Seeing and Believing: Suspension of Disbelief and Cameron’s THE ABYSS

15 April 2012

Without fail, James Cameron’s films take viewers into a new world.  At the heart of every Cameron film there is always an “every(wo)man,” the average, ordinary protagonist, who is either brought to a new world/place or exists within a world/space very unlike the one we, the viewers, know as reality.  Yet, viewers are willing to suspend their disbelief regarding this new world, even though it is wildly unfamiliar, because the “every(wo)man,” the character whose story we watch, is familiar.  That is, the character becomes the key to unlocking the audience’s suspension of disbelief.

For example, Ripley, the “everywoman” from Aliens, finds herself on a strange, alien-infested planet.  Through this character, the audience finds themselves in an unfamiliar, futuristic location, completely foreign to them, and, accompanied by Ripley, they accept this place as a reality for the duration of the film.  Furthermore, Jack, from Titanic, is just an ordinary “everyman” trying to get by in life, but he finds himself onboard the most infamous ocean liner in the 1912-world. Thus, the audience is swept back in time, sailing toward tragedy on a ship no viewer could be aboard in reality, so disbelief suspends in order to experience Jack’s adventure with him.  Through each of his films, Cameron takes viewers somewhere by anchoring the audience’s acceptance of these strange new places with believable and relatable protagonists.  His 1989 film, The Abyss (1989), is no exception.  Miles below the ocean’s surface, Cameron invites his audience to experience a world within our own world, one most viewers have never seen for themselves.  But, if Cameron wants his audience to accept his generous invitation into another world, he must offer a tour guide, of sorts; a protagonist who the audience can connect with, a relatable person who they will suspend their disbelief for.  In The Abyss, Cameron’s protagonist, Bud (Ed Harris), is key to the audience’s suspension of disbelief.

In short, The Abyss begins with the crash of a nuclear submarine.  Military deep-sea divers are hastily enlisted to search the wreckage for survivors, as well as recover the nuclear weapons, before foreign enemies can reach the wreckage.  However, a brutal storm threatens the area just as the expedition is to begin, which poses a threat the divers, as well as the deep-sea platform, Deep Core, on which they are stationed.  While exploring the wreckage, one of the military divers begins experiencing a serious nervous system disorder, caused by the pressure surrounding him at the ocean’s depth.  These problems continue to escalate, as do other problems for the crew from the brewing storm.  In addition, the crew encounters NTI, an acronym for a non-terrestrial intelligence, or an alien species, at the wreck site.  In the film’s climax, Bud must take hold of the conflicts existing within the crew, self-sacrifice to prevent a nuclear explosion, and come face-to-face with the strange new life form, all miles below the ocean’s surface.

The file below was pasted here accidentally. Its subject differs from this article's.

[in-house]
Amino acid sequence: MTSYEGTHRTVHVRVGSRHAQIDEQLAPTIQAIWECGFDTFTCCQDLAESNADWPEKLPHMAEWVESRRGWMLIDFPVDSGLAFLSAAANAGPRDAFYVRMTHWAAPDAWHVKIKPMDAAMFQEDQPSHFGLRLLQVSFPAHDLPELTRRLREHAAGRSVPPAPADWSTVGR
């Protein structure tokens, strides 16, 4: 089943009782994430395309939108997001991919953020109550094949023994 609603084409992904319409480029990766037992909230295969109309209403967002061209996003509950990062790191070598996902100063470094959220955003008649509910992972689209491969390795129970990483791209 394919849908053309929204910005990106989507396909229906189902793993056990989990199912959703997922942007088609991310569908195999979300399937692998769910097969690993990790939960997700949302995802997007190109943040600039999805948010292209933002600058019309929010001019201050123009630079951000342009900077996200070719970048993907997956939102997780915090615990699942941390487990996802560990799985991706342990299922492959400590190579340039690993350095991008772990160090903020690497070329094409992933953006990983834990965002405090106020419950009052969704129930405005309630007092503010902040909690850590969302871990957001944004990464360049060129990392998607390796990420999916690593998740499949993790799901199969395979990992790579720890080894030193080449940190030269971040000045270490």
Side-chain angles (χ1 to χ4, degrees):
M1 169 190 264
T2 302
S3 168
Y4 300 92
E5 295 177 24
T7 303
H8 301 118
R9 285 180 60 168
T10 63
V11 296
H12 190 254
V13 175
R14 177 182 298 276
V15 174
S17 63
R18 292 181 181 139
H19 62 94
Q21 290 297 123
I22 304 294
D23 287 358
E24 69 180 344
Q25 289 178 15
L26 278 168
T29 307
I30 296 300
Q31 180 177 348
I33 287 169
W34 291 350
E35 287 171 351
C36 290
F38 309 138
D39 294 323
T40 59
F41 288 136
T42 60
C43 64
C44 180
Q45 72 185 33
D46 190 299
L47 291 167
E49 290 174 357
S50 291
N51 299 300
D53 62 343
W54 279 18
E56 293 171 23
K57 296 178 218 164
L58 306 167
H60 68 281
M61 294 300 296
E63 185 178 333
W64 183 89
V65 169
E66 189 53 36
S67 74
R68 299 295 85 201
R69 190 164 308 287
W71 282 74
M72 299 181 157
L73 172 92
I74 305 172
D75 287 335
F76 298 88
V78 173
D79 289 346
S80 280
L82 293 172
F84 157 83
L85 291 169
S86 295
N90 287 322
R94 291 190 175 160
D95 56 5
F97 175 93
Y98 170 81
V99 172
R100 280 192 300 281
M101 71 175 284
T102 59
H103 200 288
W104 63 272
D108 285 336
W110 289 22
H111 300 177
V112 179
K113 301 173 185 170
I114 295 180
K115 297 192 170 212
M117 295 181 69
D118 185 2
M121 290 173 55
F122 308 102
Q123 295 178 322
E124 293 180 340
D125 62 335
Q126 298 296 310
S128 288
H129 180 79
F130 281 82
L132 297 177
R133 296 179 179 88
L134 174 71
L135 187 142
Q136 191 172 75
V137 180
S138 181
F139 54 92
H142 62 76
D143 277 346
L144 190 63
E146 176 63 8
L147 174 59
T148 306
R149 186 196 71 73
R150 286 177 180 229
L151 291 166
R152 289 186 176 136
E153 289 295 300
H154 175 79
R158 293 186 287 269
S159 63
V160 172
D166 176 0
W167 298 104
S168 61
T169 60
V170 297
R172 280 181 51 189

Suspension of disbelief, as it pertains to this particular argument, is the theory that the audience ignores reality while watching a film; the audience willingly disregards that they are in a movie theatre watching actors perform a fictional script, which, when shot and edited together in a, likely, year-long process, comes together to create a, roughly, 2-hour story in projected moving pictures.  Instead, the audience watches the story as though they are observing reality.  They laugh, cry, close their eyes from violence, and more as this story unfolds before their eyes.   All-in-all, suspension of disbelief is foundational to cinema; it is necessary to viewing a film.

That said, suspension of disbelief has its naysayers, those who do not believe the theory holds water.  From a cinema perspective, the naysayers might argue if suspension of disbelief existed viewers would actually think they might drown while watching water flood into the submarine in The Abyss, or they themselves might die if the nuclear weapons detonate in the film.  Because viewers don’t actually fear for their own lives while viewing Cameron’s film, the naysayers argue the theory cannot exist.

Yet, the theory must exist on some scale.  If the audience could not suspend their disbelief at all then why would one ever watch a film?  Without suspension of disbelief an audience member could not invest into a film enough to make the experience meaningful; if one could not engage with a film, either emotionally or intellectually, one would not watch film because the experience would be fruitless.